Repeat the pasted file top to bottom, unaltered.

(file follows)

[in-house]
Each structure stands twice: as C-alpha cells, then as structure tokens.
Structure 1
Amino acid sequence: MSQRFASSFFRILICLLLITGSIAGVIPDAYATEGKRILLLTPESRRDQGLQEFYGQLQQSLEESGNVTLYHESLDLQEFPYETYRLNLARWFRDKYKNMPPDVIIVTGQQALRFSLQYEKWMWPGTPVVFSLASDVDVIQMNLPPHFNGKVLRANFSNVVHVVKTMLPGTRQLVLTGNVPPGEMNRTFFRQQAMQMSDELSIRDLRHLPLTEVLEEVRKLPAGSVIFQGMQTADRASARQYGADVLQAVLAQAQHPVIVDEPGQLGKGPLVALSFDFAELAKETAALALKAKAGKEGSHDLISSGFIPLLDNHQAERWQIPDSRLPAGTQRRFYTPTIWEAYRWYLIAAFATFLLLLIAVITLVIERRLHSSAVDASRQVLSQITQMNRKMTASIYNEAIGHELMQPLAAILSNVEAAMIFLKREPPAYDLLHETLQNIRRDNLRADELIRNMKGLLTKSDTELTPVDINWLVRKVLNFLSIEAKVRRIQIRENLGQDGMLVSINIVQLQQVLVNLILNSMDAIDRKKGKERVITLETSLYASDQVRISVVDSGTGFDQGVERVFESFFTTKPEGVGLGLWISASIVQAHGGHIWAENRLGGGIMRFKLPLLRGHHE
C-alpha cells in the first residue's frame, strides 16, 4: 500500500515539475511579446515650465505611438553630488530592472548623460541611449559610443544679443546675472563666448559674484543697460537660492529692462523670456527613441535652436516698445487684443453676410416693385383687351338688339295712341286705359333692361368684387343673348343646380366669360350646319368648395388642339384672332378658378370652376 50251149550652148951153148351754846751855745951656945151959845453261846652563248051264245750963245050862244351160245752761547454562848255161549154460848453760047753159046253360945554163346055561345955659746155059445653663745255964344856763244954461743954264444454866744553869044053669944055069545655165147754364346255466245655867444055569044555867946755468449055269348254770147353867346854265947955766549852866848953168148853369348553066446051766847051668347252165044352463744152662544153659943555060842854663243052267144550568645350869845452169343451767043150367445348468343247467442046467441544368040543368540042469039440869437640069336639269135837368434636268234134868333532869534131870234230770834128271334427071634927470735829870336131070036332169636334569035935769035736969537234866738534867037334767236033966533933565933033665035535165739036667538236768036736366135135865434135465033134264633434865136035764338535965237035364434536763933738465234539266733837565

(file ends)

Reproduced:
[in-house]
Each structure stands twice: as C-alpha cells, then as structure tokens.
Structure 1
Amino acid sequence: MSQRFASSFFRILICLLLITGSIAGVIPDAYATEGKRILLLTPESRRDQGLQEFYGQLQQSLEESGNVTLYHESLDLQEFPYETYRLNLARWFRDKYKNMPPDVIIVTGQQALRFSLQYEKWMWPGTPVVFSLASDVDVIQMNLPPHFNGKVLRANFSNVVHVVKTMLPGTRQLVLTGNVPPGEMNRTFFRQQAMQMSDELSIRDLRHLPLTEVLEEVRKLPAGSVIFQGMQTADRASARQYGADVLQAVLAQAQHPVIVDEPGQLGKGPLVALSFDFAELAKETAALALKAKAGKEGSHDLISSGFIPLLDNHQAERWQIPDSRLPAGTQRRFYTPTIWEAYRWYLIAAFATFLLLLIAVITLVIERRLHSSAVDASRQVLSQITQMNRKMTASIYNEAIGHELMQPLAAILSNVEAAMIFLKREPPAYDLLHETLQNIRRDNLRADELIRNMKGLLTKSDTELTPVDINWLVRKVLNFLSIEAKVRRIQIRENLGQDGMLVSINIVQLQQVLVNLILNSMDAIDRKKGKERVITLETSLYASDQVRISVVDSGTGFDQGVERVFESFFTTKPEGVGLGLWISASIVQAHGGHIWAENRLGGGIMRFKLPLLRGHHE
C-alpha cells in the first residue's frame, strides 16, 4: 500500500515539475511579446515650465505611438553630488530592472548623460541611449559610443544679443546675472563666448559674484543697460537660492529692462523670456527613441535652436516698445487684443453676410416693385383687351338688339295712341286705359333692361368684387343673348343646380366669360350646319368648395388642339384672332378658378370652376 50251149550652148951153148351754846751855745951656945151959845453261846652563248051264245750963245050862244351160245752761547454562848255161549154460848453760047753159046253360945554163346055561345955659746155059445653663745255964344856763244954461743954264444454866744553869044053669944055069545655165147754364346255466245655867444055569044555867946755468449055269348254770147353867346854265947955766549852866848953168148853369348553066446051766847051668347252165044352463744152662544153659943555060842854663243052267144550568645350869845452169343451767043150367445348468343247467442046467441544368040543368540042469039440869437640069336639269135837368434636268234134868333532869534131870234230770834128271334427071634927470735829870336131070036332169636334569035935769035736969537234866738534867037334767236033966533933565933033665035535165739036667538236768036736366135135865434135465033134264633434865136035764338535965237035364434536763933738465234539266733837565